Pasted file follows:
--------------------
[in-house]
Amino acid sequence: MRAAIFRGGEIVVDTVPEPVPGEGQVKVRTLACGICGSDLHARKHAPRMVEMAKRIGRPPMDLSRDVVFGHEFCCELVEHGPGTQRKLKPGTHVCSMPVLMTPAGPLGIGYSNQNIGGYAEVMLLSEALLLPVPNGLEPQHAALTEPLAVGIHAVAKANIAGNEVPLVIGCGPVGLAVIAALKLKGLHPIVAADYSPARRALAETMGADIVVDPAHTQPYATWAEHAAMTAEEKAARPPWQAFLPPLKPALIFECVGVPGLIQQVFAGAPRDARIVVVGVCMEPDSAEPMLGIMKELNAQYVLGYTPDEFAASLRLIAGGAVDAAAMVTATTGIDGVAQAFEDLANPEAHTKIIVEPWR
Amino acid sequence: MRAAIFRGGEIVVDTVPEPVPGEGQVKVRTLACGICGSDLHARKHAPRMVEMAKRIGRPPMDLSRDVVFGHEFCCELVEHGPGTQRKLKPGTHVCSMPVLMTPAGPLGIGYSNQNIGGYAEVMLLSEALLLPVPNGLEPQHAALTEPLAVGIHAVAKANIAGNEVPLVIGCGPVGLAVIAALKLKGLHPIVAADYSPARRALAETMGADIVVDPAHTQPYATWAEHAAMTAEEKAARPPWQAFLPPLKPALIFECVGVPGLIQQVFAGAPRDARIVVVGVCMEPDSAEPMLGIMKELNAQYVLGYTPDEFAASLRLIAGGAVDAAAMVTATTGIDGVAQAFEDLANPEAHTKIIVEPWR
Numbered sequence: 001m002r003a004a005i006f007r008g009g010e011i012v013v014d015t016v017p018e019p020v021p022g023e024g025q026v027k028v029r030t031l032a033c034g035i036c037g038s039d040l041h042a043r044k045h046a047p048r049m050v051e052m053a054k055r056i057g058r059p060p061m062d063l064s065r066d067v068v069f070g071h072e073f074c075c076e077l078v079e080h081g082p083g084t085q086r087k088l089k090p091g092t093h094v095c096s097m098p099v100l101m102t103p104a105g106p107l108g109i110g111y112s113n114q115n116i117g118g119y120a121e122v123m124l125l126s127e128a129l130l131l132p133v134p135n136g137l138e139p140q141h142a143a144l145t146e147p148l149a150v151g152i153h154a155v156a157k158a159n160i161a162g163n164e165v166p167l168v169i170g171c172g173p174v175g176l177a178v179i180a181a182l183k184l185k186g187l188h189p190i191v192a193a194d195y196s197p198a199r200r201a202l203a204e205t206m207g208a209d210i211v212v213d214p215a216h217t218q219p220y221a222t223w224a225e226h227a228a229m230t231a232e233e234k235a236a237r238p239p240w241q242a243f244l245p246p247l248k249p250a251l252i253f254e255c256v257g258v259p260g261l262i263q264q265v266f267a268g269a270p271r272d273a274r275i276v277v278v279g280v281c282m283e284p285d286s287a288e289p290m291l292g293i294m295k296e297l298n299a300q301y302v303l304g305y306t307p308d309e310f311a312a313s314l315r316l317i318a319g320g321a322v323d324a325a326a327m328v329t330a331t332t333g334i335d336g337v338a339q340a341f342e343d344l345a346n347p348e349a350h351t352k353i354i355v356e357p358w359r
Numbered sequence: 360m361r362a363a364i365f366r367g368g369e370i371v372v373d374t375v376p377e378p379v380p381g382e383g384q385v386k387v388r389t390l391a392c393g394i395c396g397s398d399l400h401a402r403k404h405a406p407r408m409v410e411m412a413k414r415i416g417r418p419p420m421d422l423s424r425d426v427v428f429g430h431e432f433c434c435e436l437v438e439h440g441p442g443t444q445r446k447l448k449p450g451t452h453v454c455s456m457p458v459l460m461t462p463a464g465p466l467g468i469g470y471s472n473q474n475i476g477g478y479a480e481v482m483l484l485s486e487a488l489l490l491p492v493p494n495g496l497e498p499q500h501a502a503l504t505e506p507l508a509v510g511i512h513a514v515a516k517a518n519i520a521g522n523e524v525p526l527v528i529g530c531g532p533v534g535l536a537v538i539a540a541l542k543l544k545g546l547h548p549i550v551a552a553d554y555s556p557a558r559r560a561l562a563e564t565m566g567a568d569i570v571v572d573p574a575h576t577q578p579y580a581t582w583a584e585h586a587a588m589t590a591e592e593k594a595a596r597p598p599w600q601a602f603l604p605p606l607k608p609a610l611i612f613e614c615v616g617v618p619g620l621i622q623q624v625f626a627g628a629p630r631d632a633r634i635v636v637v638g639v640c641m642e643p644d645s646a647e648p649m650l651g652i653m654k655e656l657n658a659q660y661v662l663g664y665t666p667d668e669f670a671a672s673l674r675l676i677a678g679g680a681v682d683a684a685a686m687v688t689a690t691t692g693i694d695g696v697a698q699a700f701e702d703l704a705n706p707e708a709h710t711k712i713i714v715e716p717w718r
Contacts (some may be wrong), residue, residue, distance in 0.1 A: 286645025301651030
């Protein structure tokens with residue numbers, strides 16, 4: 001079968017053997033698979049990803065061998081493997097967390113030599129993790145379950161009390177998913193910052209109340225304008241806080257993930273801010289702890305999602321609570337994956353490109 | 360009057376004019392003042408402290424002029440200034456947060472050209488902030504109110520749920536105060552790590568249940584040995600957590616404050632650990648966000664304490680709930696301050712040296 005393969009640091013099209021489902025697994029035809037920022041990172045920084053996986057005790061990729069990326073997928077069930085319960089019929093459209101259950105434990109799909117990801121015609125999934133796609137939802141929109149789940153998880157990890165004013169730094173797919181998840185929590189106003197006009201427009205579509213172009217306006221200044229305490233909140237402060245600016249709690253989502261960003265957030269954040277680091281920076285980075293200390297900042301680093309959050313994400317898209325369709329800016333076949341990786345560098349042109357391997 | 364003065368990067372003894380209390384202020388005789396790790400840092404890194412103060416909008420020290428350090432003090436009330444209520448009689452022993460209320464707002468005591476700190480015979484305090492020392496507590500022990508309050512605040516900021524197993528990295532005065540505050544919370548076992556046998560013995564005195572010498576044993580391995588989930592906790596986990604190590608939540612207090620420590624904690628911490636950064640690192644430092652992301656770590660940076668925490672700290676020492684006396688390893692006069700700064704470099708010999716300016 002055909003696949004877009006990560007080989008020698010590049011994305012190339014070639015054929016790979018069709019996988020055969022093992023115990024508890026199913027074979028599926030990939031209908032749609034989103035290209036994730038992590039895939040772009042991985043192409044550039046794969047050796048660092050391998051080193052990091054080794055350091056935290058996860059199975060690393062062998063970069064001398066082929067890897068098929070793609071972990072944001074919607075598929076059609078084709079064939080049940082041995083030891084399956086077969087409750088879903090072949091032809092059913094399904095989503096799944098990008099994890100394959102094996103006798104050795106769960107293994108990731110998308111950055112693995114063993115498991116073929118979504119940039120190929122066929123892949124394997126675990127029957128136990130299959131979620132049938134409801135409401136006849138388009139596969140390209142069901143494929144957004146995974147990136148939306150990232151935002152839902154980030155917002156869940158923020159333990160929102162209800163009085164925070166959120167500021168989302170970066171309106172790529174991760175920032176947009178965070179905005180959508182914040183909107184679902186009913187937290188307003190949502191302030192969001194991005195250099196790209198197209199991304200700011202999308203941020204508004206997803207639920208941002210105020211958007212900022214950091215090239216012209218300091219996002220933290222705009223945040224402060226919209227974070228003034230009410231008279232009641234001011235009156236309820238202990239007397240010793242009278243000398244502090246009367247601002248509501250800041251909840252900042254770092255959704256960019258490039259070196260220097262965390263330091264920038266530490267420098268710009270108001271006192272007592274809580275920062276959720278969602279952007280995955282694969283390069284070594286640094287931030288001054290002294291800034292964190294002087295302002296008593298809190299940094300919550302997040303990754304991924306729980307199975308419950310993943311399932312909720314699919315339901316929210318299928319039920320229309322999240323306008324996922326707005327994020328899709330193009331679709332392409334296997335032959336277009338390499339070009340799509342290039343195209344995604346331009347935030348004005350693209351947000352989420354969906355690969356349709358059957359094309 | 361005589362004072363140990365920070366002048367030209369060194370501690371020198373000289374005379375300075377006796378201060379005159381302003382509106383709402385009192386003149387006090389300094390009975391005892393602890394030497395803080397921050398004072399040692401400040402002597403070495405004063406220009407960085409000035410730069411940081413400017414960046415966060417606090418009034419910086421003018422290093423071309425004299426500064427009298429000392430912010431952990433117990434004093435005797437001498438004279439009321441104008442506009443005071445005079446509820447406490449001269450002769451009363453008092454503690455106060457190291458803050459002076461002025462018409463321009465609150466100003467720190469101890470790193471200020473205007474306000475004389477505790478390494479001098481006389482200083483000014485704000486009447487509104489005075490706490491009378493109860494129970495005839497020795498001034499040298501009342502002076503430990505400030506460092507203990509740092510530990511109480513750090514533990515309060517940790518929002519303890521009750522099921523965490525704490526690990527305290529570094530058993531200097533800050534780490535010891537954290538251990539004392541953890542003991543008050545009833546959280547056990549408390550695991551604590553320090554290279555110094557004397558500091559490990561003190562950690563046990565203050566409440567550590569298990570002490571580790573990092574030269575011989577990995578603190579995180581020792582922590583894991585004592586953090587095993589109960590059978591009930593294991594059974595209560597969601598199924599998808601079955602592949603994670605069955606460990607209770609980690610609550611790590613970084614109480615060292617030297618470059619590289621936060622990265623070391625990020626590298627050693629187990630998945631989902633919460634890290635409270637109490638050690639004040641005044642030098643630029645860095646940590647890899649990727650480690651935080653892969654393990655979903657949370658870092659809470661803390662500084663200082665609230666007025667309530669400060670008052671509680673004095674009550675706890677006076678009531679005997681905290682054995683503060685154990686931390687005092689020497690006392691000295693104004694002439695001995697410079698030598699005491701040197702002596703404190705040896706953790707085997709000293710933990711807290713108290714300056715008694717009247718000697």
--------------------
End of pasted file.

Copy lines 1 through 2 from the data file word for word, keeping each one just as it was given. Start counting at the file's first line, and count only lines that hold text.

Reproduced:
[in-house]
Amino acid sequence: MRAAIFRGGEIVVDTVPEPVPGEGQVKVRTLACGICGSDLHARKHAPRMVEMAKRIGRPPMDLSRDVVFGHEFCCELVEHGPGTQRKLKPGTHVCSMPVLMTPAGPLGIGYSNQNIGGYAEVMLLSEALLLPVPNGLEPQHAALTEPLAVGIHAVAKANIAGNEVPLVIGCGPVGLAVIAALKLKGLHPIVAADYSPARRALAETMGADIVVDPAHTQPYATWAEHAAMTAEEKAARPPWQAFLPPLKPALIFECVGVPGLIQQVFAGAPRDARIVVVGVCMEPDSAEPMLGIMKELNAQYVLGYTPDEFAASLRLIAGGAVDAAAMVTATTGIDGVAQAFEDLANPEAHTKIIVEPWR